3 Old-School Copywriting Techniques to Drive Action in Your Ads

The way businesses promote their businesses has deeply changed in the last century. At the dawn of the 20th century, most business owners marketed their businesses through word-of-mouth.

As the business world got more complex and massive, business owners found media was an efficient way of promoting their companies. That’s when a group of creative people started using the written copy as the primary promotion tactic. The new art was known as copywriting, and it changed the way businesses promote themselves.

Since then, many new marketing tactics have come and gone, but copywriting continues to be an essential element of any successful marketing campaign.

Many copywriting techniques used today were invented decades ago. Despite their old age, these techniques continue to work as well as they did when they were invented. The reason is simple: copywriting taps into human psychology, and that doesn’t change.

Here are three old-school techniques that you can use in your next marketing campaign.

Specificity is key to persuasion

How many times do you see a restaurant say that their food is the best in the city? This is a common copywriting mistake that happens because we are proud of our offer and believe by stating its superlative difference, we will transform our opinion into a fact.

Copywriters understand how human psychology works and know superlative exclamations don’t persuade people.

Back in 1923, Claude C Hopkins, one of the first and most respected copywriters of all time, explained people are persuaded by specificity.
In his famous book Scientific Advertising, which has been called a “must read” book by copywriting legends such as David Ogilvy and Jay Abraham, he wrote the following:

To say, “Best in the world,” “Lowest prices in existence,” etc. are at best simply claiming the expected. But superlatives of that sort are usually damaging. They suggest looseness of expression, a tendency to exaggerate, a carelessness of truth. They lead readers to discount all the statements that you make.

But a man who makes a specific claim is either telling the truth or a lie. People do not expect an advertiser to lie. They know that he can’t lie in the best mediums. The growing respect for advertising has largely come through a growing regard for its truth.

So a definite statement is usually accepted. Actual figures are not generally discounted. Specific facts, when stated, have their full weight and effect.

This is very important to consider in written or personal salesmanship. The weight of an argument may often be multiplied by making it specific.

If we wanted to improve the previous restaurant example, a copywriter would change the “Our food is the best in the city” for something like “Our food has won multiple awards,” or “+20,000 customers have chosen our food in the past 10 years.”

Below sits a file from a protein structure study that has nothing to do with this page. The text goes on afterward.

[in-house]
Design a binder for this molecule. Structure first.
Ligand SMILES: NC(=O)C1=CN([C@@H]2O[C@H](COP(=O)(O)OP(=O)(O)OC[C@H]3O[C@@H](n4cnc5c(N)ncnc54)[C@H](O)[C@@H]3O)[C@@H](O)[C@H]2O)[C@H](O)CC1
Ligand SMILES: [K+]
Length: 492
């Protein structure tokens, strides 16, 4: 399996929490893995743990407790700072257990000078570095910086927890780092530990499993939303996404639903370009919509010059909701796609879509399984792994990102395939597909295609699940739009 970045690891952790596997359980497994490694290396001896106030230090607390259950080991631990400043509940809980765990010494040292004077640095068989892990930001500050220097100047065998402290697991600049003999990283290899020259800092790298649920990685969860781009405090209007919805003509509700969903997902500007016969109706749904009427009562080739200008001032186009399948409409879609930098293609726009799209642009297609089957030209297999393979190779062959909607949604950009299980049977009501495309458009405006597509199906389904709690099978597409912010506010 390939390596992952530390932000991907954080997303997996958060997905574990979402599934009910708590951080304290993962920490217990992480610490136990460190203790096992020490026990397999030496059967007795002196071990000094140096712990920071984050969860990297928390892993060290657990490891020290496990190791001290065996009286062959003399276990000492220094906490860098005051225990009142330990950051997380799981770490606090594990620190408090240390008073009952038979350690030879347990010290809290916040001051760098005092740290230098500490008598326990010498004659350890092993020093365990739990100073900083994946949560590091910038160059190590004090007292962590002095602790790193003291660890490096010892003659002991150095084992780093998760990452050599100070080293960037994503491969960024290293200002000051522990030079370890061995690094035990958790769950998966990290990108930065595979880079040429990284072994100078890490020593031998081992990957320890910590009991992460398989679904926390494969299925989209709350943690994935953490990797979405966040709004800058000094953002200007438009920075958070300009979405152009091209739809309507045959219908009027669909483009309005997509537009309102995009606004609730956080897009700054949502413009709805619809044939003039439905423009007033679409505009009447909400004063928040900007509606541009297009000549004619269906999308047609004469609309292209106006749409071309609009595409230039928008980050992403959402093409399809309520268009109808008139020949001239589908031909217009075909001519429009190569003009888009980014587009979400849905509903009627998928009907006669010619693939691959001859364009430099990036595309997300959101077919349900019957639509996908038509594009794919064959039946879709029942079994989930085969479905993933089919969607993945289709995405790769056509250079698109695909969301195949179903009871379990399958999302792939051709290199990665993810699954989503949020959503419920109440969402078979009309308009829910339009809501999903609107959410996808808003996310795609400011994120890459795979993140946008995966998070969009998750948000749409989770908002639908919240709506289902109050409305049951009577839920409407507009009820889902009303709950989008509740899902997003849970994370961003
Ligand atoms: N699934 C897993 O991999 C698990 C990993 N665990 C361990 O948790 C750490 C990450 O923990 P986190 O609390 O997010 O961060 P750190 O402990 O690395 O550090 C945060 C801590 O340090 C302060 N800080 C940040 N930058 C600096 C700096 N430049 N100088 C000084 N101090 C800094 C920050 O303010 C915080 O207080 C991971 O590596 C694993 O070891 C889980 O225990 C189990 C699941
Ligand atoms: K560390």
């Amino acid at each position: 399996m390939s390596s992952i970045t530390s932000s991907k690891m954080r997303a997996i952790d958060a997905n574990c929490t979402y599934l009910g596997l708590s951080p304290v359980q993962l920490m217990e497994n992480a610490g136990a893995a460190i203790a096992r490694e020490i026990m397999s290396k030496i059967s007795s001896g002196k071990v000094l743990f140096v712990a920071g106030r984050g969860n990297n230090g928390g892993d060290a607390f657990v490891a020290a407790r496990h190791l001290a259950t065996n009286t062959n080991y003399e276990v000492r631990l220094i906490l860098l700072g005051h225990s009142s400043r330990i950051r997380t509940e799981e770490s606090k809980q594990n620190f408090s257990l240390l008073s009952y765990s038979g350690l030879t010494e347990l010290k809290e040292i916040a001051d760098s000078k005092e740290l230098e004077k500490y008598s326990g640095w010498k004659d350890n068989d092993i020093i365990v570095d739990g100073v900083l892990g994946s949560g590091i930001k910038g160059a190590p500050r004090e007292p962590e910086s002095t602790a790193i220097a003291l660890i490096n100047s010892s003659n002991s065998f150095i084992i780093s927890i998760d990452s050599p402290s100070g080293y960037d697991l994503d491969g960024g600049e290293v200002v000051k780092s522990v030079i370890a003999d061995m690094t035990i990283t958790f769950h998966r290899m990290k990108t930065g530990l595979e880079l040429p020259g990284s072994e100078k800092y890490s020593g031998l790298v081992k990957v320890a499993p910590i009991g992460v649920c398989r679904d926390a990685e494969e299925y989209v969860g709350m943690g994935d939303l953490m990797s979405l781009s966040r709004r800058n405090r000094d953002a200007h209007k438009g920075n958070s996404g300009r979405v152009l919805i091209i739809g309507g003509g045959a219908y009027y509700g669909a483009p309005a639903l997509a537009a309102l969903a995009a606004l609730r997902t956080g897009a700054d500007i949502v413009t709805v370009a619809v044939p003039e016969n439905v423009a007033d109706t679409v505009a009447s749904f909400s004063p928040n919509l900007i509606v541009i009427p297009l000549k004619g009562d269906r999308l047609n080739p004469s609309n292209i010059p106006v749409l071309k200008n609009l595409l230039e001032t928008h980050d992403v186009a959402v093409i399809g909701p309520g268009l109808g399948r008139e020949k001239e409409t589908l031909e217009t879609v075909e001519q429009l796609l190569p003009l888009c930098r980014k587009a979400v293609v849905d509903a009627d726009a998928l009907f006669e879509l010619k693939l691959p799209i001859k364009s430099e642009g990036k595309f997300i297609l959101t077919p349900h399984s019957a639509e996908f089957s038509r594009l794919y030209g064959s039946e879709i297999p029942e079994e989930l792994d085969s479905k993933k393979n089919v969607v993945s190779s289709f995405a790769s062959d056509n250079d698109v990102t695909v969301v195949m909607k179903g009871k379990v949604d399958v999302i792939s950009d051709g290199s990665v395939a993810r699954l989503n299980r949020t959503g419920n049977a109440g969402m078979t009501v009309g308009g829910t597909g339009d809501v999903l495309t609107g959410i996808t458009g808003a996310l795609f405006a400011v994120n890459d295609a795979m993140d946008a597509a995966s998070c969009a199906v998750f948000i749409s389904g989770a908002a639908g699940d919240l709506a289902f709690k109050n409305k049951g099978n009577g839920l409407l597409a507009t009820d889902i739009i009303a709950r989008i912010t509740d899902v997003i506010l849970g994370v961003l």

Of course, it’s hard to specify the benefits of food as well as the example Claude Hopkins uses, but it still illustrates a point.

A dealer may say, “Our prices have been reduced” without creating any marked impression. But when he says, “Our prices have been reduced 25 per cent” he gets the full value of his announcement.

One statement may take as much room as another, yet a definite statement be many times as effective. The difference is vast. If a claim is worth making, make it in the most impressive way.

How specificity used to work

In 1934, not a long time after the launch of Scientific Advertising, copywriter F.N. Clark used specificity to sell a real estate investment opportunity:

Specificity – Real Estate Advertising

Throughout the sales letter, Mr. Clark gets into the specific details of the opportunity: how much money the reader needs to invest, how risky the investment is, and what they can get from it.

He takes the time to open up and explains why he’s offering the reader such an investment, creating a feeling of rapport and transparency which makes it more relatable.

But what makes the effectiveness of this sales letter is the specificity: if he just said “Make money from a real estate investment,” you wouldn’t feel as compelled to act. But those who have that kind of money (let’s remember $350 back in the 1930’s were valued much higher than today) and wanted to invest it, they’d take the offer.

How specificity works today

I took the following example from Google Adwords. Take a look at the difference between the first ad, which is broad in intent, and the second one, which specifies the money saved through the tax preparation services advertised.

Google Adwords – Specificity & Advertising

Both ads are the same, except the second part after the hyphen which changes in specificity. That simple difference makes the second ad much powerful.

Instead of talking about the “quality” of the services, they tell you how much money they help their clients save.

You can see the power of specificity in the following ad LinkedIn uses on Facebook:

LinkedIn – Facebook Ad Copy